Editor’s Note: This week the entire Letters section is devoted to comments on Shlomo Mostofsky’s April 25 front-page essay, “Modern Orthodoxy in a Changing World.” Reaction to the article – as well as to last week’s first batch of reader responses –
has been unusually heavy and heated.

No Apology Needed

I feel that Mr. Mostofsky was way too defensive in his article, parts of which read almost like an abject apology on behalf of Modern Orthodoxy. He made it seem as though the practices of Modern Orthodox Jews up to about 25 years ago were basically a series of compromises made necessary by a considerably less inclusive society. But fear not, he assures the yeshivish world, now that society has evolved, we Modern Orthodox Jews are adopting the stricter practices you always urged on us.

Nonsense, I say. The only thing Modern Orthodox Jews have to be ashamed about is the way we’ve acquiesced in the diminution of our once proud and vibrant community. No one held a gun to our heads and forced us to move further and further to the right in terms of our observance; rather, we internalized the criticism hurled at us by the haredi community and bought the notion that we were somehow lacking in our Judaism.

How did it come to this? There was a time, and it wasn’t all that long ago, when even those rebbeim who’d been educated in the great European yeshivas forcefully spoke out against the rigidity – most notably in the increasingly widespread acceptance of all manner of chumras ¡? they saw overtaking the American Torah community.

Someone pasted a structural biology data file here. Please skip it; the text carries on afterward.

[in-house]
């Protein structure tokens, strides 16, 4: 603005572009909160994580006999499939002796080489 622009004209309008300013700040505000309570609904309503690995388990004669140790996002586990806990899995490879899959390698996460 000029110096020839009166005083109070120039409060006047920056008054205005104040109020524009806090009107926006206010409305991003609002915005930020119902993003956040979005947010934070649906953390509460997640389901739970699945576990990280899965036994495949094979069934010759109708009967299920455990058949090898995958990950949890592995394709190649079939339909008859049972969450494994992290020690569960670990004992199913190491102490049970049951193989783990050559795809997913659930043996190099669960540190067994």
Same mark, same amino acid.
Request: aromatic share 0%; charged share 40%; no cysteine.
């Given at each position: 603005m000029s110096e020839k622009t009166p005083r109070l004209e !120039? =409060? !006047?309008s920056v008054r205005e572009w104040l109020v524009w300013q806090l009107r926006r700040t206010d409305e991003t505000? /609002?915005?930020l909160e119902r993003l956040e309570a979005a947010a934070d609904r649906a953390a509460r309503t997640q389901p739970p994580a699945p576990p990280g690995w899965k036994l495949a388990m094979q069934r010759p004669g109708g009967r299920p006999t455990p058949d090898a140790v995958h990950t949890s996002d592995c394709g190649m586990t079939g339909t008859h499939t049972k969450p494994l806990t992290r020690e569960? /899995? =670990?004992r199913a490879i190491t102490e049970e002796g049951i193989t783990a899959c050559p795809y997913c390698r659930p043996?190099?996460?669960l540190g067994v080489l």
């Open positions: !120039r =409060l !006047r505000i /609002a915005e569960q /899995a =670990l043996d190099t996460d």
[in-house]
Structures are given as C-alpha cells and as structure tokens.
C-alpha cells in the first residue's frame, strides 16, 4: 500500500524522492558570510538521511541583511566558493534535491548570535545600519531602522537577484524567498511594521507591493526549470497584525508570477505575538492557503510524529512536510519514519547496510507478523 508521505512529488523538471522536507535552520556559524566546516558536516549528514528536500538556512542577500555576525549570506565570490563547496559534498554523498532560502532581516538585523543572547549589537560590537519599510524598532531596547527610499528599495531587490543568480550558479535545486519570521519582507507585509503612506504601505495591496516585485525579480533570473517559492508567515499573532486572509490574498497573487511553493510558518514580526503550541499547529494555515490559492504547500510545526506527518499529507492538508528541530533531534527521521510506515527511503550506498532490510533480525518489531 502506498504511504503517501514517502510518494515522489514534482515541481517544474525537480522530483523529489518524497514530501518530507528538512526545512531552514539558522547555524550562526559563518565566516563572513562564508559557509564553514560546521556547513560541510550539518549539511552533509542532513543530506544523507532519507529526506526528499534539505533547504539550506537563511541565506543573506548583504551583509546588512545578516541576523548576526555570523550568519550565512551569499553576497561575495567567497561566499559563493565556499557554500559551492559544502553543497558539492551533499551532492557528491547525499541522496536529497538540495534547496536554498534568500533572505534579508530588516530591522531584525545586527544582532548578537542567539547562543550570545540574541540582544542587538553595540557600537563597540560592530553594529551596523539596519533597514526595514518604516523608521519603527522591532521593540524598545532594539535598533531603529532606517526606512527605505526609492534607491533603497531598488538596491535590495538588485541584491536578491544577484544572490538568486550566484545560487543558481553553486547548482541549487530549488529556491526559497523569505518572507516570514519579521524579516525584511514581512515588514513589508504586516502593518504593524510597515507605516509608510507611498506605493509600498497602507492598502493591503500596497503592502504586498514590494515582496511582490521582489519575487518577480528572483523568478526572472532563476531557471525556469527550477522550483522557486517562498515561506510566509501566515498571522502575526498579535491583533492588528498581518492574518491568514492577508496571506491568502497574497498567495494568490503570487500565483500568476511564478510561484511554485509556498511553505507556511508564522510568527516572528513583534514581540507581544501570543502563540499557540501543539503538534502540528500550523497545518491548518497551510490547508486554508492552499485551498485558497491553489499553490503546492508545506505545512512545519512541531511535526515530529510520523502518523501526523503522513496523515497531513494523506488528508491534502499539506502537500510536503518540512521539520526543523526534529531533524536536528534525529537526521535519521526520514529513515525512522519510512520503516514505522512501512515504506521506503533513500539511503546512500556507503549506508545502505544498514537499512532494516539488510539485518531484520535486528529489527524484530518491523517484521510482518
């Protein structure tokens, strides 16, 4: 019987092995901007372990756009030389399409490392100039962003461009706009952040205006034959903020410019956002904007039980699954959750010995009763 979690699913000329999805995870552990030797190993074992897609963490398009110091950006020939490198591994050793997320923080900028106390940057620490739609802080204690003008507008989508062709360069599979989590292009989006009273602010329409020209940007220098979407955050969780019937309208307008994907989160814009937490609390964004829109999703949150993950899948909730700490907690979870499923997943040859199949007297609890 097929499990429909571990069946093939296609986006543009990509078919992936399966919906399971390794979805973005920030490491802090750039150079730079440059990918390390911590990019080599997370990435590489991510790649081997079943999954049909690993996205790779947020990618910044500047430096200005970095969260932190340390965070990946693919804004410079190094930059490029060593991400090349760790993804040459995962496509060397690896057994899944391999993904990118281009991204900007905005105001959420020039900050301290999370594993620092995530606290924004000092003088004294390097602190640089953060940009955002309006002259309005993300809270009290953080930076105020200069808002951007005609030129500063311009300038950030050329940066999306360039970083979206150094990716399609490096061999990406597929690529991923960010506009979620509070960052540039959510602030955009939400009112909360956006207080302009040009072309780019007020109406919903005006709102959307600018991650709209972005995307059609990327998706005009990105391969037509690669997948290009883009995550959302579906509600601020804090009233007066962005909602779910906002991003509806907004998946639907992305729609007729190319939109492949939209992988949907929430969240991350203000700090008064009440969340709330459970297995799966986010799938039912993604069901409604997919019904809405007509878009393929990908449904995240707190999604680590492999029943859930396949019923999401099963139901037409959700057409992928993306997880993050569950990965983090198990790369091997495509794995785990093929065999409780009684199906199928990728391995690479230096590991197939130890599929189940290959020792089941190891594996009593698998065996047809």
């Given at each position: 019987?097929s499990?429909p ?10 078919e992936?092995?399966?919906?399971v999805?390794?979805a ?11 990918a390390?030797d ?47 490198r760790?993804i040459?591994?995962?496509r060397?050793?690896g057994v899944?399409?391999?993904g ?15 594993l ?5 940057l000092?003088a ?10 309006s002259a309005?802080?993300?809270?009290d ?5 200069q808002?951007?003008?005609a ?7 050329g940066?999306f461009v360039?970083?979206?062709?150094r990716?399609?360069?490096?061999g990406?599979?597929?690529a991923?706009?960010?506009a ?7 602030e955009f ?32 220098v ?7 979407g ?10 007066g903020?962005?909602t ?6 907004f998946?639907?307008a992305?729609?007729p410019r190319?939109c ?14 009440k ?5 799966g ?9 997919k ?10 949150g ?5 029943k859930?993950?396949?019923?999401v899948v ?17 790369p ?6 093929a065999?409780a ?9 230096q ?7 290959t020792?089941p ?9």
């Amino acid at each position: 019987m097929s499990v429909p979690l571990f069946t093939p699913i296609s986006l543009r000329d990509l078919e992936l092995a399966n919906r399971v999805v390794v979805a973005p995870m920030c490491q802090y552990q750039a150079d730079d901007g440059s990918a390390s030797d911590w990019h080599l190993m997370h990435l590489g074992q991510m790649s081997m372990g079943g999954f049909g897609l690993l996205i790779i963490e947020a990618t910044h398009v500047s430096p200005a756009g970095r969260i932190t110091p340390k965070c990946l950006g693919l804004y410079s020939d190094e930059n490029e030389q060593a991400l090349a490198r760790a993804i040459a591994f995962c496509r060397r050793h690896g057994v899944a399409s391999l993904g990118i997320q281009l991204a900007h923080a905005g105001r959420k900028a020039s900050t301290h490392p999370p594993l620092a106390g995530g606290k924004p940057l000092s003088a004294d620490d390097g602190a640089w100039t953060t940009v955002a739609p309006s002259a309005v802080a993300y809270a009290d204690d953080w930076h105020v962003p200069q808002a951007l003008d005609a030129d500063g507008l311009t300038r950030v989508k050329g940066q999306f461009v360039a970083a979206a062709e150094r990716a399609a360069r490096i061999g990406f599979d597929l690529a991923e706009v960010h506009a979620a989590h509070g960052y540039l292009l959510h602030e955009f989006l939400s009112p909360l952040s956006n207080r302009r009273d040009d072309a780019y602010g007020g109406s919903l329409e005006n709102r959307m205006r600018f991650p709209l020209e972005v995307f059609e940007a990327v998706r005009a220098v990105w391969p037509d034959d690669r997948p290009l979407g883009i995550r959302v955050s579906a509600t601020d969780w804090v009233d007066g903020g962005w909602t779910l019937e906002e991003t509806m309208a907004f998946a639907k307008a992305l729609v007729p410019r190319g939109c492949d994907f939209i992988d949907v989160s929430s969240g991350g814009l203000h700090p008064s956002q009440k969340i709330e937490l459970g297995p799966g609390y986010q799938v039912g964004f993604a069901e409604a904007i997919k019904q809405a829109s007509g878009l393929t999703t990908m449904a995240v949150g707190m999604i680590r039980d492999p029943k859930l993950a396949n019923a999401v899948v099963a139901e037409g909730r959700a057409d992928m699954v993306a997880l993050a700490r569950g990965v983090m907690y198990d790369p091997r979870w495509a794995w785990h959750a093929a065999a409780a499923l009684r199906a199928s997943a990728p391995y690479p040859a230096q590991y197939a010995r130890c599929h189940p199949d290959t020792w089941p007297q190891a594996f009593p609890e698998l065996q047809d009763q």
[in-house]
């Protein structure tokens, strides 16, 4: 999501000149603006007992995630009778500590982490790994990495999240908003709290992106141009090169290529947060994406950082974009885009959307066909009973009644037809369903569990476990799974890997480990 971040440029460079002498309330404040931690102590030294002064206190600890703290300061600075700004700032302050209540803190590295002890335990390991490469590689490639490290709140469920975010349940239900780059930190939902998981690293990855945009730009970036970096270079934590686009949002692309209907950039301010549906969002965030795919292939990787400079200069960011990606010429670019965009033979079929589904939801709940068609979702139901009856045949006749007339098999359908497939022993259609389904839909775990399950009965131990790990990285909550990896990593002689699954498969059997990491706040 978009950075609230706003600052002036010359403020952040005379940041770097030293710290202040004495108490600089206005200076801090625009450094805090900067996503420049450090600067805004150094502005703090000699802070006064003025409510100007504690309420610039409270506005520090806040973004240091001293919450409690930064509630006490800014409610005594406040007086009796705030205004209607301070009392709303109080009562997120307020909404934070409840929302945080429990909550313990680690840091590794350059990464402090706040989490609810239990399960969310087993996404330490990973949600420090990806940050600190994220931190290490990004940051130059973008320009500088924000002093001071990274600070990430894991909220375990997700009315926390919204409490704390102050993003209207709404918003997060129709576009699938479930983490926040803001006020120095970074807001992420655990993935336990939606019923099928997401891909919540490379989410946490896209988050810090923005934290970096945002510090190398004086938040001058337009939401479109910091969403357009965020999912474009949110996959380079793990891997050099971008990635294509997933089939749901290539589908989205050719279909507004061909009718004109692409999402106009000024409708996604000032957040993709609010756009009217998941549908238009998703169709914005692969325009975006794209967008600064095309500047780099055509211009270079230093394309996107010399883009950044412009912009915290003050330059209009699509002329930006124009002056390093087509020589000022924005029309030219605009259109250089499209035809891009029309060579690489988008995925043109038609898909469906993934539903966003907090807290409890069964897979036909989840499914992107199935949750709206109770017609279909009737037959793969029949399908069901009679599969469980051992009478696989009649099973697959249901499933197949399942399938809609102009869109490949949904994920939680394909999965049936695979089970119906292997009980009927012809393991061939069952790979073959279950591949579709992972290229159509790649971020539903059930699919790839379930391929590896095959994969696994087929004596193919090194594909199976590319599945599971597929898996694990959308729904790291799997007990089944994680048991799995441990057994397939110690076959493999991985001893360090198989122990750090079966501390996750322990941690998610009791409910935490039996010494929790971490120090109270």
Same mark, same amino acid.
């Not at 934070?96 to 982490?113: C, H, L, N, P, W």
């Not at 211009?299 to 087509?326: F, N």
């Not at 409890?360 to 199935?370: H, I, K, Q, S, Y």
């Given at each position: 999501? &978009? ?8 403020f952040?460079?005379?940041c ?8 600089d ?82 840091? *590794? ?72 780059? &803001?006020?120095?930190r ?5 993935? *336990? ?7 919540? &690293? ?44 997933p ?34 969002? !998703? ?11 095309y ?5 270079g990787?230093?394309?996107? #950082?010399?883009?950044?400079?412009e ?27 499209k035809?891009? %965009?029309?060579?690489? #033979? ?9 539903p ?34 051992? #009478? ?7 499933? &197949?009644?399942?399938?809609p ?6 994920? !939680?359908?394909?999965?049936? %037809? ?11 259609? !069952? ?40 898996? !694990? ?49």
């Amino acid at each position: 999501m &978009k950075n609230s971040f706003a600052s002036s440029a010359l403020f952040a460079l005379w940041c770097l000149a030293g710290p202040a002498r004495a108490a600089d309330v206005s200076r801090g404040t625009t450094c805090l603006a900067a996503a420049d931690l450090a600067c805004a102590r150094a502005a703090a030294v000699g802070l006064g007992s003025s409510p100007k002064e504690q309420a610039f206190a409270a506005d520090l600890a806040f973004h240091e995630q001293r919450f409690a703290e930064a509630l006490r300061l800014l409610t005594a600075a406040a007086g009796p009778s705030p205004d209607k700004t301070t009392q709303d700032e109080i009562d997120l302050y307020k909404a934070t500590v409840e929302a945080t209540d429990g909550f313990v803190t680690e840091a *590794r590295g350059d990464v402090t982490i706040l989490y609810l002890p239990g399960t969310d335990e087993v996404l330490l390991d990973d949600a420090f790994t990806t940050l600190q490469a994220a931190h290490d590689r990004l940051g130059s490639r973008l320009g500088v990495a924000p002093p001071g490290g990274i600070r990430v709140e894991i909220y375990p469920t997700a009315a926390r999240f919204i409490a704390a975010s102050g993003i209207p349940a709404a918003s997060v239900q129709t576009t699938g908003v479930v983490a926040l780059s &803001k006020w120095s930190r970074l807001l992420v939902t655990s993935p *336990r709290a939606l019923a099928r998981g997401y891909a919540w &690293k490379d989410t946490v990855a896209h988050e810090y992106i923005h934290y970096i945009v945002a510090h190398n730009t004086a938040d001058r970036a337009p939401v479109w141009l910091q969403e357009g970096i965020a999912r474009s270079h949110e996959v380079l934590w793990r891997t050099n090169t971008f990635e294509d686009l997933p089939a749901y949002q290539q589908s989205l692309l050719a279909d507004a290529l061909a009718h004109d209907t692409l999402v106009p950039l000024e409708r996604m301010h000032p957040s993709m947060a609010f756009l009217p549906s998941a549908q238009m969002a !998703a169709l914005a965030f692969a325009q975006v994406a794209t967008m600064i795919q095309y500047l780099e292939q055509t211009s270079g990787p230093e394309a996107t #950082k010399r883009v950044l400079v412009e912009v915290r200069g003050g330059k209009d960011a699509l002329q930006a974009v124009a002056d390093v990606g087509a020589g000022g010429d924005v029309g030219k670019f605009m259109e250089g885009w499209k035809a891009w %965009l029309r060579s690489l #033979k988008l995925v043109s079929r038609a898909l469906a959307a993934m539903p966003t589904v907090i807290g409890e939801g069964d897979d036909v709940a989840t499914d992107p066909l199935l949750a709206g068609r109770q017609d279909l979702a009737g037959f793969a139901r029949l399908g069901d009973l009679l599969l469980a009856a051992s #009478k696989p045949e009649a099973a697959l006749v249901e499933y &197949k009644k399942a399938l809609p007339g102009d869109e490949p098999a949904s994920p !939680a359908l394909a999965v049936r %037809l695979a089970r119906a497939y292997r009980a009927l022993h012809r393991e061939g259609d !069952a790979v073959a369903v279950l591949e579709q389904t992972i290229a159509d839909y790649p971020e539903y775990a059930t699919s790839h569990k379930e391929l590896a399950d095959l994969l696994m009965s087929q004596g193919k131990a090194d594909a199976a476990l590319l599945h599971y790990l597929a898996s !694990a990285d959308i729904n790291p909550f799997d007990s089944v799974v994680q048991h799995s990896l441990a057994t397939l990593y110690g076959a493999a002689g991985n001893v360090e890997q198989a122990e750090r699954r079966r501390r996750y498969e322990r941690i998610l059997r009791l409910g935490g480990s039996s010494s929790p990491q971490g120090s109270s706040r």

I recall that as recently as the mid-1970’s the esteemed Rav Pinchas Teitz, zt”l, railed against those who claimed glatt as the only proper standard for kashrut. In articles in The Jewish Press and other publications, Rav Teitz would painstakingly lay out the halachas of kashrut and challenge the changing public perception of what constituted halachically acceptable kosher meat. I once heard him speak on the subject and he asked his listeners: Are we saying that our fathers and grandfathers who ate non-glatt in Europe were, G-d forbid, lax in their kashrut?

The Jewish Press’s own Rabbi Sholom Klass, zt”l, would more often than not counsel a more lenient approach within the parameters of halacha, and no serious person dared question the extent of his Orthodoxy.